they have for a particular brand. In that case, thinking of the brand is
more likely to activate the celebrity node than thinking about the celebrity
is to activate the brand node.
As the size of an association set
for a given concept increases, the likelihood
of any given associated node also being activated is reduced; the greater
the number of concepts activated, the less intensively each will be activated
(Anderson 1983a, b; Collins and Loftus 1975; Nelson, Bajo, and Casanueva
1985). The learning of additional facts about a concept creates competition
to take strength away from already known facts (Anderson 1983a), and activation
of a set of nodes can inhibit the activation of related nodes (Martindale
1991). For example, consider a person about whom you know two things: he
plays the violin and drives a sports car. Because only those two concepts
are associated with this person in your mind, when thoughts of that individual
come to mind, the two associated concepts (plays violin, drives sports
car) are fairly likely to be activated spontaneously to a reasonably high
degree. If over time you learn more about the person (has two children,
works at a hospital, served in the Navy, etc.), then all else being equal,
the initial two nodes (plays violin and drives sports car) become less
likely to be as highly activated. The basic principle is known as the fan
effect (Wang, Seidman, and Reggia 1988).
Though competing nodes may reduce
activation of any one target node, the
target node may still activate strongly enough to come into working memoryprovided
the association between the originating node and the associated target
node is strong (Martindale 1991). In other words, "plays violin" may be
associated so strongly with a friend that learning additional facts, though
reducing the level of activation of "plays violin," does not reduce it
Consider now celebrities and brands.
A given brand evokes a particular
association set consisting in part of information about the brand as well
as association with the celebrity endorser. As the size of the association
set for the brand increases, the level of activation of the associated
celebrity node is likely to decrease, potentially tempering the impact
of negative celebrity information on the brand. By similar logic, as the
size of the celebrity association set increases, the level of activation
of the associated brand node is likely to decrease. Hence, we propose two
H2a: As the size of the brand association
set increases, the effect on
brand evaluations of negative celebrity information decreases.
H2b: As the size of the celebrity
association set increases, the effect
on brand evaluations of negative celebrity information decreases.
In the first experiment we manipulated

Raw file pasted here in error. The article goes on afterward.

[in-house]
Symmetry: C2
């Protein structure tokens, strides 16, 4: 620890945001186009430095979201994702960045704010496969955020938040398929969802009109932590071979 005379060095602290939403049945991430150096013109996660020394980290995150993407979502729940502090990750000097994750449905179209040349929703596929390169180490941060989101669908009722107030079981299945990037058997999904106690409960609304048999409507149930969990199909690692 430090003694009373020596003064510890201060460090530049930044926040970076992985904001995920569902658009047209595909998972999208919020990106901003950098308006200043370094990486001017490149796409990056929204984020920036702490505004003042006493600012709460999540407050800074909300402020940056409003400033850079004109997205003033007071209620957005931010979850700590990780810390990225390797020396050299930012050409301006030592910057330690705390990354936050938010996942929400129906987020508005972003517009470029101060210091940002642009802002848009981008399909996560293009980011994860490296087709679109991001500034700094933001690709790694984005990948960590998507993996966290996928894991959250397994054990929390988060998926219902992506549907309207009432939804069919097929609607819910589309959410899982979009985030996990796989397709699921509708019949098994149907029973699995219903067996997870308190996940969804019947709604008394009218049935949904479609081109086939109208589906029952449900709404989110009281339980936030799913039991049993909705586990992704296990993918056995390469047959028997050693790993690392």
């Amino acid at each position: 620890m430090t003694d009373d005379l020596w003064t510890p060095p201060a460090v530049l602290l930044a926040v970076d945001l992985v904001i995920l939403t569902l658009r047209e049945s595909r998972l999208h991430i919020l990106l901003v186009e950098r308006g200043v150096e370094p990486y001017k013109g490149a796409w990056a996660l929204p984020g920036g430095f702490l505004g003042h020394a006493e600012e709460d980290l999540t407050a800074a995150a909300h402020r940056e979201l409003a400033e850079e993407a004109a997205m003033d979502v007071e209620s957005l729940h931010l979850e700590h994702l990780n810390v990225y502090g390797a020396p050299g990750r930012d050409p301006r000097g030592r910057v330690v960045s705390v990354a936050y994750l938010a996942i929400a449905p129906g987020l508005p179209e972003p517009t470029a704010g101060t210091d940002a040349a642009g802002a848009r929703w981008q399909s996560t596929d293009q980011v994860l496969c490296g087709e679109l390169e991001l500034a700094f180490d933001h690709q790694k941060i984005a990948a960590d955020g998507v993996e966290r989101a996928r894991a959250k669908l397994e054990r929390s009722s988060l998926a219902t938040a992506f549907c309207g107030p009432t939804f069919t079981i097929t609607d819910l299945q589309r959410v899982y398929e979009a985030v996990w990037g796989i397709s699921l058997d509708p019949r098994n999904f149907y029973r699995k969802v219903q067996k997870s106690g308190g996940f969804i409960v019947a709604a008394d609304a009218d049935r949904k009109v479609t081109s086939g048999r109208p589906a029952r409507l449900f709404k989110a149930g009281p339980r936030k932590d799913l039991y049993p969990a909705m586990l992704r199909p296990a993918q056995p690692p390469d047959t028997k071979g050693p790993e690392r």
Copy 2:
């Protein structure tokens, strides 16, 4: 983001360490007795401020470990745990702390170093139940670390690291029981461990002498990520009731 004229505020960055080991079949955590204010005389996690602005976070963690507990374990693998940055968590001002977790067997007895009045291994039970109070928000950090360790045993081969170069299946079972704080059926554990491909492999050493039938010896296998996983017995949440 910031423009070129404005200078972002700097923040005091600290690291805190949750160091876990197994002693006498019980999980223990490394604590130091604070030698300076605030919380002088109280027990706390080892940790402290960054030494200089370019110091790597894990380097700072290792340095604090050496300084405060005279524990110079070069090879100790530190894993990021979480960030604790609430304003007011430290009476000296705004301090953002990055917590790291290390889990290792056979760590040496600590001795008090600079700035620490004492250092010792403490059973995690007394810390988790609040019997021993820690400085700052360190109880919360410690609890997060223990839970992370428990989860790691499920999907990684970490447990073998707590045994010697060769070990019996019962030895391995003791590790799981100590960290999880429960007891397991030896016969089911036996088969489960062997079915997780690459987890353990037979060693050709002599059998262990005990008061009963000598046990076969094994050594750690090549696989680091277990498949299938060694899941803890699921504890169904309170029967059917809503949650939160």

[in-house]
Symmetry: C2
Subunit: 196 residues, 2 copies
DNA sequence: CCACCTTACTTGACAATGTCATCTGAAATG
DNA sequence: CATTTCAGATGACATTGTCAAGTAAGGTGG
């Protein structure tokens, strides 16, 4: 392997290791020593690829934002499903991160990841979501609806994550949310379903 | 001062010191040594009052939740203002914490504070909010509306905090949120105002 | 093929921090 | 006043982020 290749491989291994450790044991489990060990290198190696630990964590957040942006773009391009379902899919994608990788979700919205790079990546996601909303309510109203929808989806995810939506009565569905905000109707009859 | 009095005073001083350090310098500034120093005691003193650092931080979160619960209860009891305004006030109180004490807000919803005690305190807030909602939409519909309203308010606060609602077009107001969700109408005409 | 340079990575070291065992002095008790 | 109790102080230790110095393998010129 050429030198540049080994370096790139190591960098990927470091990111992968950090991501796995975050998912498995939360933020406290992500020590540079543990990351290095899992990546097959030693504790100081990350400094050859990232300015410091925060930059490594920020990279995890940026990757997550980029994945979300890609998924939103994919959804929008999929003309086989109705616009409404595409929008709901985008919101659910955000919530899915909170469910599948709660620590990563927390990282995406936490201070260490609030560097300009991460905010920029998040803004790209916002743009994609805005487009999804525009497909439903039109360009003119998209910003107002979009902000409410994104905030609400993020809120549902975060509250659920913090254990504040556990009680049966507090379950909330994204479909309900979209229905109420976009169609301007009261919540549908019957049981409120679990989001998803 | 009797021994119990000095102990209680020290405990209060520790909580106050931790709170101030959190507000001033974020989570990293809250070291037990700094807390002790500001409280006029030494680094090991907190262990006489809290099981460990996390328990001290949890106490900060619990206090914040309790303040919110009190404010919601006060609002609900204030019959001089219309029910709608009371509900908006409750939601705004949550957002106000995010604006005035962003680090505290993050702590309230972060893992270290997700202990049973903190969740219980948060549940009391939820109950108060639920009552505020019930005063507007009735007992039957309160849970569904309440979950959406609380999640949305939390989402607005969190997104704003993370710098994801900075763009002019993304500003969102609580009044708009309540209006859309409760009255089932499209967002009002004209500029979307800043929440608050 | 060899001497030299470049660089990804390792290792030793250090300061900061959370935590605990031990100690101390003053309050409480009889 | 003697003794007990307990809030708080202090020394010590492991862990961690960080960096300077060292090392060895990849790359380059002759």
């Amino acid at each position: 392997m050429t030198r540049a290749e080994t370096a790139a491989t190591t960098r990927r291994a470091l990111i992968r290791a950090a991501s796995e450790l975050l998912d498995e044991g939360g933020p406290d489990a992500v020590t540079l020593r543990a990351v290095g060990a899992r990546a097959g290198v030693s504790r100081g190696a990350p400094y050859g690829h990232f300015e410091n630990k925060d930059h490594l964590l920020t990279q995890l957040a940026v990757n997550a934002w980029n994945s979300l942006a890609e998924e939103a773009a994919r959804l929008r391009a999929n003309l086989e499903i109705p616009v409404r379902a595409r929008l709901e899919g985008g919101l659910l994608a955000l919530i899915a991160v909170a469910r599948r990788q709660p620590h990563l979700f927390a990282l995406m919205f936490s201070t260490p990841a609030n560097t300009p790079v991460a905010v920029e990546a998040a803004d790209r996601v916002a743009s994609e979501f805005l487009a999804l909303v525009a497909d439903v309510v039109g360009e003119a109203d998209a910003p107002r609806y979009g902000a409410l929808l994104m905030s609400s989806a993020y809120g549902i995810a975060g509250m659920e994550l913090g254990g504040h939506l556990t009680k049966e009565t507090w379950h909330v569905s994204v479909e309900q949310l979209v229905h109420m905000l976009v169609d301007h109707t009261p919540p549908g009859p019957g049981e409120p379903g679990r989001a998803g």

brand and celebrity association
set sizes at two levels (relatively small or large set sizes) and whether
or not subjects received negative information about the advertised brand's
celebrity endorser. Of particular interest was the change in subjects'
evaluations of the advertised brand based on the negative information about
the endorser. Subjects' brand evaluations were measured at the beginning
of the study (before introduction of negative information about the celebrity)
as well as later in the study (after introduction of negative information
about the celebrity). In sum, the study had a 2^sup 4^ mixed factorial
design consisting of three between-subjects factors (brand set size, celebrity
set size, presence/absence of negative information) and one within-subjects
factor (time of dependent variable measurement).
Choice of Brand and Celebrity
To minimize preexisting knowledge
and affect due to prior exposure and
familiarity, we used a fictitious brand from a product category relevant
to our student subject pool. On the basis of pretesting, the racing bicycles
product category and the brand name Avenix were selected. (In the context
of the experiment, Avenix was a French brand name and was pronounced phonetically
to subjects as Ah-ven-ee.) A fictional celebrity was created to overcome
potential problems with using a real celebrity. Though celebrities are
by definition well known and generally popular, liking of a celebrity can
vary considerably even in a relatively homogeneous population such as students.
High variation in subjects' evaluation of a celebrity, even though randomly
distributed across experimental conditions, could cause an error variance
that swamps treatment effects. A second problem overcome by the use of
a fictional celebrity relates to the association set size manipulation.
Ideally, one might use two real celebrities who differ only in the size
of their association sets. Practically, however, that is impossible. Any
two celebrities may indeed differ in the size of their association sets,
but, regardless of how closely matched, the two celebrities would also